04 April 2009

Our own

Our own Canberra Symphony Orchestra was playing the other night and Megan and I got along. It’s a different environment from the jazz scene: respectful, immobile, cummerbuns, standing ovations, and manifestly older. The orchestra sounded a dream in the new Llewellyn Hall acoustics. The range was full and even, and the reverb put a soft wash over the lot and held it together, and despite the large size of the venue, individual instruments were quite audible. You couldn’t say even the 50 musicians playing fortissimo was really loud, but it was loud enough. This just confirmed for me that the post-trauma renovations have been successful, if only for some musics. I’ve complained on CJ about jazz and soul in this venue, but for acoustic classics, it was wonderful.

The music was Beethoven, Tchaikovsky and Brahms in an evening entitled Serenade; “a concert experience pairing gorgeous melody with dramatic virtuosity”. Beethoven’s Lenore Overture No. 1 was apparently the first of a series of overtures, and I hear Beethoven was not pleased with the early ones. It was pretty short, but still showed stormy early romanticism, as is Ludwig’s way. The Tchaikovsky was his Violin Concerto, with Nicolas Koeckert as the romantic hero soloist out front. He certainly played with involvement and virtuosity and presence and sometimes with ferocity. Fingering on a violin lets the player range wide and high, and this piece had Nicolas into the high harmonics: impressive stuff. What a lovely little instrument a violin is! It seemed to be a pretty hard piece all round, and the performance didn’t always feel so settled to me, but it was melodic and dramatic and was a great display of technique. The final piece was Brahms’ Serenade No. 1 in 6 (!) movements. Apparently it was an early work, written when he was 24. The orchestra seemed nicely settled on this one, and I was settled into the classical milieu by then and enjoyed it most of all.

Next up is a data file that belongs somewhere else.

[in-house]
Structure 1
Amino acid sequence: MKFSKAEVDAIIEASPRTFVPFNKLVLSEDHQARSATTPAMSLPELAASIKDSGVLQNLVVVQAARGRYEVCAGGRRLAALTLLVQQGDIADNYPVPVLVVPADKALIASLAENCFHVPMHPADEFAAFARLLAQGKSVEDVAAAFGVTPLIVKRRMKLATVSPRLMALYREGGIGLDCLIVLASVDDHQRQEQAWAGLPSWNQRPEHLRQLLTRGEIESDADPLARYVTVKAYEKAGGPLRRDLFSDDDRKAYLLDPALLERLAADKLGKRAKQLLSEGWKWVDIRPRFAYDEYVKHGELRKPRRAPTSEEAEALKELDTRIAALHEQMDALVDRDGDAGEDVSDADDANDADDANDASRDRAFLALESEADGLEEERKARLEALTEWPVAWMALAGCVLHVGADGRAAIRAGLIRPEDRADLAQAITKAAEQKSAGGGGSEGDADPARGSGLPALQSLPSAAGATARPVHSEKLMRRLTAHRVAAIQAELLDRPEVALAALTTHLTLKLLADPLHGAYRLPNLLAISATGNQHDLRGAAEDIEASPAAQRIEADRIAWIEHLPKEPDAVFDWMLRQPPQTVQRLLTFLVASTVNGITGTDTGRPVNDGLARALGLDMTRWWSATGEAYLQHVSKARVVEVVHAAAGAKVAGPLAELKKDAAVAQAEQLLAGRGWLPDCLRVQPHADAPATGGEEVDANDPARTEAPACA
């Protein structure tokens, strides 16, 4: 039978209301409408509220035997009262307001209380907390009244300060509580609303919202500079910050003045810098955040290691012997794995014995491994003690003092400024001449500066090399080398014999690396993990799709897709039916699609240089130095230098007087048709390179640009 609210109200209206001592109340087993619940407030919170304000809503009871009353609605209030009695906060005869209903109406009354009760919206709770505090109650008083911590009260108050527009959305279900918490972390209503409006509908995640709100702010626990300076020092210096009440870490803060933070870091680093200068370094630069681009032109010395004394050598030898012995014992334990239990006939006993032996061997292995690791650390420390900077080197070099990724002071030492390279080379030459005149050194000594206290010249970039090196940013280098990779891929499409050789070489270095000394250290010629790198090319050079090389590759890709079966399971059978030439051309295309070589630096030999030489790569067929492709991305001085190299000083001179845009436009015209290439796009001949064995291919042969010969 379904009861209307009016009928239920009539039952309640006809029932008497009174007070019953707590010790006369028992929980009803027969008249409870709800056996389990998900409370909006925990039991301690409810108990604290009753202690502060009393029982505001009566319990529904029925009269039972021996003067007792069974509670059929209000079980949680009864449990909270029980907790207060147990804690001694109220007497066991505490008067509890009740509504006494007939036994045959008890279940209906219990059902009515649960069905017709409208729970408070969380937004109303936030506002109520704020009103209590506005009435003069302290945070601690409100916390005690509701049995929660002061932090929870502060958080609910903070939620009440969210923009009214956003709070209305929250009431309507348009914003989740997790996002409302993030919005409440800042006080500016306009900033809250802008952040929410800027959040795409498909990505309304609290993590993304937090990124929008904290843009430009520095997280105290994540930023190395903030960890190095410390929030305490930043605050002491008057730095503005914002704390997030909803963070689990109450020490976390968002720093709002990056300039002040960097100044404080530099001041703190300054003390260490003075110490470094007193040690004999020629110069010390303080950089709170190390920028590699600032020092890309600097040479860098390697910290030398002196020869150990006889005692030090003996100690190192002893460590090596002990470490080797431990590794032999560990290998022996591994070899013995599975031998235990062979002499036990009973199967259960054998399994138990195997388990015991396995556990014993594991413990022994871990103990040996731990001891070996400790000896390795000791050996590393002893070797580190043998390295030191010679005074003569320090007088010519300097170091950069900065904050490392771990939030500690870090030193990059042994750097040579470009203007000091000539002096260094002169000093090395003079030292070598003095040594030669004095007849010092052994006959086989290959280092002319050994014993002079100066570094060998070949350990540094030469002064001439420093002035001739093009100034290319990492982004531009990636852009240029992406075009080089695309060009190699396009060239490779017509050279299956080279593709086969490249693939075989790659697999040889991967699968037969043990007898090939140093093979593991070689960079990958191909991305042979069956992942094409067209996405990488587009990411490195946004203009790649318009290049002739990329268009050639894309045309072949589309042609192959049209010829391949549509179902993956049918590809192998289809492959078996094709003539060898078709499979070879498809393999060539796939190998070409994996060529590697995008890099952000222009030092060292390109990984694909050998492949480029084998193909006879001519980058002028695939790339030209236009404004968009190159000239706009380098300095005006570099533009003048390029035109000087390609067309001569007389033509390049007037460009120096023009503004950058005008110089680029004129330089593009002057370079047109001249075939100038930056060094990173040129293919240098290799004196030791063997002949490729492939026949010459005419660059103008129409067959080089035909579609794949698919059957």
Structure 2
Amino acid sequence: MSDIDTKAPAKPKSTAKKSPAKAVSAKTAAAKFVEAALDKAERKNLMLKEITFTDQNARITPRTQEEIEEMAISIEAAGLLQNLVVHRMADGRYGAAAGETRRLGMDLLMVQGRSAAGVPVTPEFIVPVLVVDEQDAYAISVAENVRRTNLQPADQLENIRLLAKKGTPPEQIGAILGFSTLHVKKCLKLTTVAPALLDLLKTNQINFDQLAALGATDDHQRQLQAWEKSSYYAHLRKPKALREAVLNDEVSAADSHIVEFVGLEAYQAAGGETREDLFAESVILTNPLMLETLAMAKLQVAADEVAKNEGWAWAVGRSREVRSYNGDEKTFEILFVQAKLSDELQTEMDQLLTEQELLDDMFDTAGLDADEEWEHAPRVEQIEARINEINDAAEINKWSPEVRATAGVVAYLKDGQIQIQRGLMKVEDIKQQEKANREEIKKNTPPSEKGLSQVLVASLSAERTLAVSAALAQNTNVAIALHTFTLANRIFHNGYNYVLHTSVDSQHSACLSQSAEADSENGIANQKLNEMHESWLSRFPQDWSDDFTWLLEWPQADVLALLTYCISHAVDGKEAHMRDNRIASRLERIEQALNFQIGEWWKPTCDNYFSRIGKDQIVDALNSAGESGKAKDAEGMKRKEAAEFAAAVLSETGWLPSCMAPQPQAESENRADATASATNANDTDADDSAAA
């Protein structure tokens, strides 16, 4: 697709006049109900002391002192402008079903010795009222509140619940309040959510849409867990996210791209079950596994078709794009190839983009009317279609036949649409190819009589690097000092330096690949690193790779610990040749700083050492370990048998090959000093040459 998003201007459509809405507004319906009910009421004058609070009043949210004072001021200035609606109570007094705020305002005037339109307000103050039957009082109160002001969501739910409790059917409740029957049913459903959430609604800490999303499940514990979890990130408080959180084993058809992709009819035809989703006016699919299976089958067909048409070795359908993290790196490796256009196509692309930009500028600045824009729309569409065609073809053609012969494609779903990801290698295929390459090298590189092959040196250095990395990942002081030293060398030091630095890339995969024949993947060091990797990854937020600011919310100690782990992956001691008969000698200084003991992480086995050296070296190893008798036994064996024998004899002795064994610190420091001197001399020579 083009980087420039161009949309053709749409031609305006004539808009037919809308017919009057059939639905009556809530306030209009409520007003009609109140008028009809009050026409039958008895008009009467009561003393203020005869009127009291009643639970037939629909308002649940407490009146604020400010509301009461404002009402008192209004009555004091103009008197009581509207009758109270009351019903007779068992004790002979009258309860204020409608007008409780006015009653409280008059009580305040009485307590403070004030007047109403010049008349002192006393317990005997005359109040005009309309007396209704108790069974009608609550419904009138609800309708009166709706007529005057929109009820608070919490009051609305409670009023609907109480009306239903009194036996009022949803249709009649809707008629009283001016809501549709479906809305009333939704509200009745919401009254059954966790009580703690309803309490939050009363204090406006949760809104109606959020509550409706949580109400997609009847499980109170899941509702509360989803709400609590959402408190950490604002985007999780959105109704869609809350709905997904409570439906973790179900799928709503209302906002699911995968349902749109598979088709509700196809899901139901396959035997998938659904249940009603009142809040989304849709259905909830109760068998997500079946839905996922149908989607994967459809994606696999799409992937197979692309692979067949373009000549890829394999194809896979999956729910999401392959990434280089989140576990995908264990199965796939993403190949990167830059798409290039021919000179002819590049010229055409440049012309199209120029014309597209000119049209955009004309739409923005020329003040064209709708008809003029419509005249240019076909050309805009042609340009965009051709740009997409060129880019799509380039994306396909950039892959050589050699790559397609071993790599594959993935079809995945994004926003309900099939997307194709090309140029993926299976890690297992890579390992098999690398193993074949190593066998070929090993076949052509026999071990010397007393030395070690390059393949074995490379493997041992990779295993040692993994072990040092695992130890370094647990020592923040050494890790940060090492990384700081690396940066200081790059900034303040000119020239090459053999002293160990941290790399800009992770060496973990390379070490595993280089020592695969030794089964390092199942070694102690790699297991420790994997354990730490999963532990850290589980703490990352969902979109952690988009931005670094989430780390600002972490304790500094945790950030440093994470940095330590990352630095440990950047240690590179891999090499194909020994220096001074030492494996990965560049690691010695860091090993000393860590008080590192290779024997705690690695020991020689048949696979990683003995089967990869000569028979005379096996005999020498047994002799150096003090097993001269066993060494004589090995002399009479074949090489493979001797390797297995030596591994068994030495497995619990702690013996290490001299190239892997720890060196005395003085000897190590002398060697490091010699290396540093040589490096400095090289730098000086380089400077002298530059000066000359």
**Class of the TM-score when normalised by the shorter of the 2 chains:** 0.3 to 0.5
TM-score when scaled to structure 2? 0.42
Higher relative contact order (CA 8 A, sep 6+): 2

The orchestra itself has about 50 members. As best I could manage, it comprised four basses, six cellos, 8 violas, 8 second violins, 10 first violins, and pairs of trumpet, oboe, flute, bassoon, clarinet, four horns and a timpanist: about 50. The other romantic, individualist hero at an orchestral concert is, of course, the conductor. On the night, this was Benjamin Northey.

Interestingly for local jazzers, Lethal Leigh Miller was moonlighting in the second bass seat. It’s quite a change from the funky Lethals, although I noticed he did display a jazz habit by nodding his head with the music at one stage.

What a beautiful sound, though. I’ve also got tickets to Beethoven’s ninth in May: an orchestra and a dramatic choral performance in this lovely space. Now that will be bliss.

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